Sometime in the summer of 2015
Ours is a story of loss and finding; of getting lost, and finding the thing that does not change or fade away, and following it.
When I was younger, I climbed the ranks in competitive sport to being one of the nation’s fastest rowers in age and weight class. Above all, I belonged to a community of athletes welded together into a solid alloy in the forge of competitive sport, hammered on the anvil of surreal discipline by a leader and coach like no other.
Then bit by bit, my friends moved away. The forge cooled, and the alloy came apart under the chemical stress of the salt of separation.
I could not bear going back to the gym or on the river when I had hung up the oar. For all I could see was what I used to be. I tried buying a membership to the gym I’d spent hours at winter nights with my teammates, where we’d beat and batter our bodies into finely tuned machines through hours on rowing machines and by lifting hundreds of pounds of steel. Before long I had to forfeit my membership because the sight of that forge only filled me with gloom at having lost the glory of the Eden of my youth. I was filled with sadness to the point of tears, because the sights and the smells brought too many happy memories back that I knew I could not get back. The river carried me downstream, and I had no way of going back. I mourned the past, but that is no way to live.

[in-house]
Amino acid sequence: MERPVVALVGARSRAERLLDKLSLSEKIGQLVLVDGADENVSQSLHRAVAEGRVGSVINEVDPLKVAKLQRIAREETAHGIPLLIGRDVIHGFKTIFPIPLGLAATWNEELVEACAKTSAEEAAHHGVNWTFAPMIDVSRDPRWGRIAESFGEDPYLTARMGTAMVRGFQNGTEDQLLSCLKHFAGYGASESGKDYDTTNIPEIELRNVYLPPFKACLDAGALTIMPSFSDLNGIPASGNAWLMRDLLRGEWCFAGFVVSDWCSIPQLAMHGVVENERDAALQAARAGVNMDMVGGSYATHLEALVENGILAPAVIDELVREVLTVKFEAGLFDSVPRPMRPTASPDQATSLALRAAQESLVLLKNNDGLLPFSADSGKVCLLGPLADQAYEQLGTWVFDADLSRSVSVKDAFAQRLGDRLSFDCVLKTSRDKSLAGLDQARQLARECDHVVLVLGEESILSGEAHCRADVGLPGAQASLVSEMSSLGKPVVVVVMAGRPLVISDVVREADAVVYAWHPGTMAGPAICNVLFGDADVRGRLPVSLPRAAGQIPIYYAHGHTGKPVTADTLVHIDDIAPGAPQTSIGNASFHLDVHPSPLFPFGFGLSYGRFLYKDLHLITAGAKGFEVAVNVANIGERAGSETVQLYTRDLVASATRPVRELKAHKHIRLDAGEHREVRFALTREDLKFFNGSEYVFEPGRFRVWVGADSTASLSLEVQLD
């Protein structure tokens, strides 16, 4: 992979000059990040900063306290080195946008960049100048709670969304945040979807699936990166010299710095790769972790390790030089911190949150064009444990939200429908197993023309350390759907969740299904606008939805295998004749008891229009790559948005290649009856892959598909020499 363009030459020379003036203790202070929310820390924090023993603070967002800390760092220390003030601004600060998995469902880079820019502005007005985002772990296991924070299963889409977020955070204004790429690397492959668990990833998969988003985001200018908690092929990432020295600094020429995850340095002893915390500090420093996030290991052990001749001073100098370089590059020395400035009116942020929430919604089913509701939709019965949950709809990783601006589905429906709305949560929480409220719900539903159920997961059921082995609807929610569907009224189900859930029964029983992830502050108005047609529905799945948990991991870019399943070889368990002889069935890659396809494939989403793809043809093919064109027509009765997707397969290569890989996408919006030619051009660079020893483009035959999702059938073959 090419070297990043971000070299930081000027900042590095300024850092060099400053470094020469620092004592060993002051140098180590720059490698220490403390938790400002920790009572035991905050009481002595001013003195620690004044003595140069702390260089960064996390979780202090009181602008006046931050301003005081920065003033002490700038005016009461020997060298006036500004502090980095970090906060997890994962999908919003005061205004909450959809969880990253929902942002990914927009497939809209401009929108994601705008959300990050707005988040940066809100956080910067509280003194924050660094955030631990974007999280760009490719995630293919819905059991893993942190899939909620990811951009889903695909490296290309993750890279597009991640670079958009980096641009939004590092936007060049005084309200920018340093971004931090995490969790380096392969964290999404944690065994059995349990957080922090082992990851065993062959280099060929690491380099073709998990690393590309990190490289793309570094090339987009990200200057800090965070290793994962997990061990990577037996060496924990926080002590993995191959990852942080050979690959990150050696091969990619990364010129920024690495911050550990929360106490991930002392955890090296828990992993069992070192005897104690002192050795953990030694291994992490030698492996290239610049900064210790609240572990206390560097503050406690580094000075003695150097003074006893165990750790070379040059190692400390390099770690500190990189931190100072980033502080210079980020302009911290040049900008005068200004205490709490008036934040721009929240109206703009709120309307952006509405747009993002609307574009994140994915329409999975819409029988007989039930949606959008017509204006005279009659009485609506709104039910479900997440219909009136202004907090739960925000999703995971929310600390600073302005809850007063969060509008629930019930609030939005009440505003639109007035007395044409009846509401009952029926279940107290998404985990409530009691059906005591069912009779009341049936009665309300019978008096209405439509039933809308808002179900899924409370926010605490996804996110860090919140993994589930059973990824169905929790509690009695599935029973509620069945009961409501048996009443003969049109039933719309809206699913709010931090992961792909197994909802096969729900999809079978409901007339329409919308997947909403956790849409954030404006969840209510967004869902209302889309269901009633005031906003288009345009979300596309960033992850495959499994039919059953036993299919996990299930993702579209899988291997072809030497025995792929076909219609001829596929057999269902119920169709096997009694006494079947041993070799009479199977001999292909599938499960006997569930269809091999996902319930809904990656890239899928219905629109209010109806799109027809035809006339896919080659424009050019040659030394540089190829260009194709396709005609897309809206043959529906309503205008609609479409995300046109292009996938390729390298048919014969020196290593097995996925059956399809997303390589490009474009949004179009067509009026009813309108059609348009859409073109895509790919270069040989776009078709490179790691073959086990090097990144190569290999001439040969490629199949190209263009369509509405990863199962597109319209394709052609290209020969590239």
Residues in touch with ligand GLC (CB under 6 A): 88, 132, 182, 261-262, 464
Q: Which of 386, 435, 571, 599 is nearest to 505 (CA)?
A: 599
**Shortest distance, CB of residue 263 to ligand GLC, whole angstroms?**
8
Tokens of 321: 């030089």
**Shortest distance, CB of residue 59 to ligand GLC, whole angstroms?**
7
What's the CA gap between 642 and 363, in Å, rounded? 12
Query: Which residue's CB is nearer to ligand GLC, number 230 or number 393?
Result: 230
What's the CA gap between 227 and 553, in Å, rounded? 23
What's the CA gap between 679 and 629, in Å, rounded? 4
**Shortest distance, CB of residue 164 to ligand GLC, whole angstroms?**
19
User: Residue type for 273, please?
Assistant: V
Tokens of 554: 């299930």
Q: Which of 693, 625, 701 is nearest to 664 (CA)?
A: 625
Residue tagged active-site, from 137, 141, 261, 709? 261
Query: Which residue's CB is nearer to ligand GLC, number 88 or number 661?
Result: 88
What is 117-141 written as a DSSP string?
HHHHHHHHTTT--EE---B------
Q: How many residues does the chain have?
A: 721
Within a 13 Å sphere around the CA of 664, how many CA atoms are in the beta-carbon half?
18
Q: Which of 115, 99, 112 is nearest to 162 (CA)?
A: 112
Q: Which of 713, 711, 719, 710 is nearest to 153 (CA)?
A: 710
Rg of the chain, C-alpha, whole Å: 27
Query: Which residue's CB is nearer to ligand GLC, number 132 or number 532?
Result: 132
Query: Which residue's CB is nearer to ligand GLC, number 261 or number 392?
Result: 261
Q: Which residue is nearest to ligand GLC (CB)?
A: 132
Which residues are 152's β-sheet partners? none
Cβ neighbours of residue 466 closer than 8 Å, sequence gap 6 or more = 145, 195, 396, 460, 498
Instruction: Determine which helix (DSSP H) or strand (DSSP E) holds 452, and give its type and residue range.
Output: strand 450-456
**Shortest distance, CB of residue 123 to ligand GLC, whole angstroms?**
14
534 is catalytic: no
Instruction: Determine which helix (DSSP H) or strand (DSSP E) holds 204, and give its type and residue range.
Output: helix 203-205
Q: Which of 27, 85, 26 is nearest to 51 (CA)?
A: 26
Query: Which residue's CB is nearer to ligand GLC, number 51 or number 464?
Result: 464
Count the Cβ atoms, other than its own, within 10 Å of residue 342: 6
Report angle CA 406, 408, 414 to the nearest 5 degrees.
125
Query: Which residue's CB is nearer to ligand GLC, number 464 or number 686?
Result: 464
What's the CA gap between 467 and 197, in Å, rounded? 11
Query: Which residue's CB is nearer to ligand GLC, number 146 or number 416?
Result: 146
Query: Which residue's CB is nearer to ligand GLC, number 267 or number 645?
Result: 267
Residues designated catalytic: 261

I started praying the rosary in 2015 after doing a self-guided consecration to the Virgin Mary with the book 33 Days to Morning Glory, which I had picked up from church one day, out of curiosity. Days later my wife and I were running errands when we drove past my old gym on St. Laurent Boulevard. “Pull over honey, I said. “I’d like to buy a membership”. It was a loud question in my mind whether I’d be able to stomach going back again, but I felt a sudden urge to try. A few days later, I returned to the gym for my first workout. The depression and the sadness vanished. It was like I had never stopped going. I have been going regularly since, and have returned to the river, my happy mistress, to row summer nights. This was the first time I felt the quiet power of Mary’s intercession in my life.
If you want to feel the quiet strength of Mary in yours, pray with me: Mary our hope, have pity on us. Sweet heart of Mary, be my salvation.